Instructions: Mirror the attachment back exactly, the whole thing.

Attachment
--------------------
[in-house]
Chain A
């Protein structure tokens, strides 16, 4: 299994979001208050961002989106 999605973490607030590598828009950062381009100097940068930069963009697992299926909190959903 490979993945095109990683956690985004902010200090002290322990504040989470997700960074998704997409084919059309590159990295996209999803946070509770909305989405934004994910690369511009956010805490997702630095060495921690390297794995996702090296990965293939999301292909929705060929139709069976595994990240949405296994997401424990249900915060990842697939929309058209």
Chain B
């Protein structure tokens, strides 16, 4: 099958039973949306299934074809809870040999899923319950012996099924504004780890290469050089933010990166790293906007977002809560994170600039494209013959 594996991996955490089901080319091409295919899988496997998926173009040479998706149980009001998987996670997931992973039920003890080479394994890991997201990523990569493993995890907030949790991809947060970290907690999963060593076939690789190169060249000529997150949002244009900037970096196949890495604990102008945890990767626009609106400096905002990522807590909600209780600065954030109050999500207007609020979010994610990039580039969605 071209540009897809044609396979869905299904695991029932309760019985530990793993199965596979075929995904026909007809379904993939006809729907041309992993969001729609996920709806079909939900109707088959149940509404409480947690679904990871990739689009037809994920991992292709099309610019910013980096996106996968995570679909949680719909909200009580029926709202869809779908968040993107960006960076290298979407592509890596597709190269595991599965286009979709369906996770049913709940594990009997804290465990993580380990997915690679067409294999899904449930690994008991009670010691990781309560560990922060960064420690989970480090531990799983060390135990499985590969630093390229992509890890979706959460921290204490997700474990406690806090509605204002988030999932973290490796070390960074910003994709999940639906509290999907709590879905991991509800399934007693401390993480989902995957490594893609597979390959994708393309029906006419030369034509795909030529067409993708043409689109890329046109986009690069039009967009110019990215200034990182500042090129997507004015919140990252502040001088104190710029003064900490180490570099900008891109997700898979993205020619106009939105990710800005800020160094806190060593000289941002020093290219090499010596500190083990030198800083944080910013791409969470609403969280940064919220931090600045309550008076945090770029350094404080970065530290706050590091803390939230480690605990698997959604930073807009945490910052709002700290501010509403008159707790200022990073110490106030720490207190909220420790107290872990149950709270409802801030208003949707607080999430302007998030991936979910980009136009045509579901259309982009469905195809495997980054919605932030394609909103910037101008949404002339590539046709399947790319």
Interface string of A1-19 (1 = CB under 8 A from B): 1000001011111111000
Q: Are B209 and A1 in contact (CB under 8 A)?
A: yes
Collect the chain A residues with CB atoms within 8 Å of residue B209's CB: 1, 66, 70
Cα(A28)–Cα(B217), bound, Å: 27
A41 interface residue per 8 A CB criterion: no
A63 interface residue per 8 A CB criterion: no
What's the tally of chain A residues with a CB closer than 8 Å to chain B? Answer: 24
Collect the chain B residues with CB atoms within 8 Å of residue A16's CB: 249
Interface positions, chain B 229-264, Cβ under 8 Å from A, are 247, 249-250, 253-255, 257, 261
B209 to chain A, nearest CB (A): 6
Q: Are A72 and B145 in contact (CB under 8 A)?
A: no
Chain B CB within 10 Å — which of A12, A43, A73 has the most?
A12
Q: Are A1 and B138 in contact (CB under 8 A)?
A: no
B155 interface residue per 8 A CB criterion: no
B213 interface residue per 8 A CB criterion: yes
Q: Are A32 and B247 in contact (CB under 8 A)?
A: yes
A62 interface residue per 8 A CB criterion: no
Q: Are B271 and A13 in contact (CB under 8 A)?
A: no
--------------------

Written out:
[in-house]
Chain A
């Protein structure tokens, strides 16, 4: 299994979001208050961002989106 999605973490607030590598828009950062381009100097940068930069963009697992299926909190959903 490979993945095109990683956690985004902010200090002290322990504040989470997700960074998704997409084919059309590159990295996209999803946070509770909305989405934004994910690369511009956010805490997702630095060495921690390297794995996702090296990965293939999301292909929705060929139709069976595994990240949405296994997401424990249900915060990842697939929309058209």
Chain B
């Protein structure tokens, strides 16, 4: 099958039973949306299934074809809870040999899923319950012996099924504004780890290469050089933010990166790293906007977002809560994170600039494209013959 594996991996955490089901080319091409295919899988496997998926173009040479998706149980009001998987996670997931992973039920003890080479394994890991997201990523990569493993995890907030949790991809947060970290907690999963060593076939690789190169060249000529997150949002244009900037970096196949890495604990102008945890990767626009609106400096905002990522807590909600209780600065954030109050999500207007609020979010994610990039580039969605 071209540009897809044609396979869905299904695991029932309760019985530990793993199965596979075929995904026909007809379904993939006809729907041309992993969001729609996920709806079909939900109707088959149940509404409480947690679904990871990739689009037809994920991992292709099309610019910013980096996106996968995570679909949680719909909200009580029926709202869809779908968040993107960006960076290298979407592509890596597709190269595991599965286009979709369906996770049913709940594990009997804290465990993580380990997915690679067409294999899904449930690994008991009670010691990781309560560990922060960064420690989970480090531990799983060390135990499985590969630093390229992509890890979706959460921290204490997700474990406690806090509605204002988030999932973290490796070390960074910003994709999940639906509290999907709590879905991991509800399934007693401390993480989902995957490594893609597979390959994708393309029906006419030369034509795909030529067409993708043409689109890329046109986009690069039009967009110019990215200034990182500042090129997507004015919140990252502040001088104190710029003064900490180490570099900008891109997700898979993205020619106009939105990710800005800020160094806190060593000289941002020093290219090499010596500190083990030198800083944080910013791409969470609403969280940064919220931090600045309550008076945090770029350094404080970065530290706050590091803390939230480690605990698997959604930073807009945490910052709002700290501010509403008159707790200022990073110490106030720490207190909220420790107290872990149950709270409802801030208003949707607080999430302007998030991936979910980009136009045509579901259309982009469905195809495997980054919605932030394609909103910037101008949404002339590539046709399947790319």
Interface string of A1-19 (1 = CB under 8 A from B): 1000001011111111000
Q: Are B209 and A1 in contact (CB under 8 A)?
A: yes
Collect the chain A residues with CB atoms within 8 Å of residue B209's CB: 1, 66, 70
Cα(A28)–Cα(B217), bound, Å: 27
A41 interface residue per 8 A CB criterion: no
A63 interface residue per 8 A CB criterion: no
What's the tally of chain A residues with a CB closer than 8 Å to chain B? Answer: 24
Collect the chain B residues with CB atoms within 8 Å of residue A16's CB: 249
Interface positions, chain B 229-264, Cβ under 8 Å from A, are 247, 249-250, 253-255, 257, 261
B209 to chain A, nearest CB (A): 6
Q: Are A72 and B145 in contact (CB under 8 A)?
A: no
Chain B CB within 10 Å — which of A12, A43, A73 has the most?
A12
Q: Are A1 and B138 in contact (CB under 8 A)?
A: no
B155 interface residue per 8 A CB criterion: no
B213 interface residue per 8 A CB criterion: yes
Q: Are A32 and B247 in contact (CB under 8 A)?
A: yes
A62 interface residue per 8 A CB criterion: no
Q: Are B271 and A13 in contact (CB under 8 A)?
A: no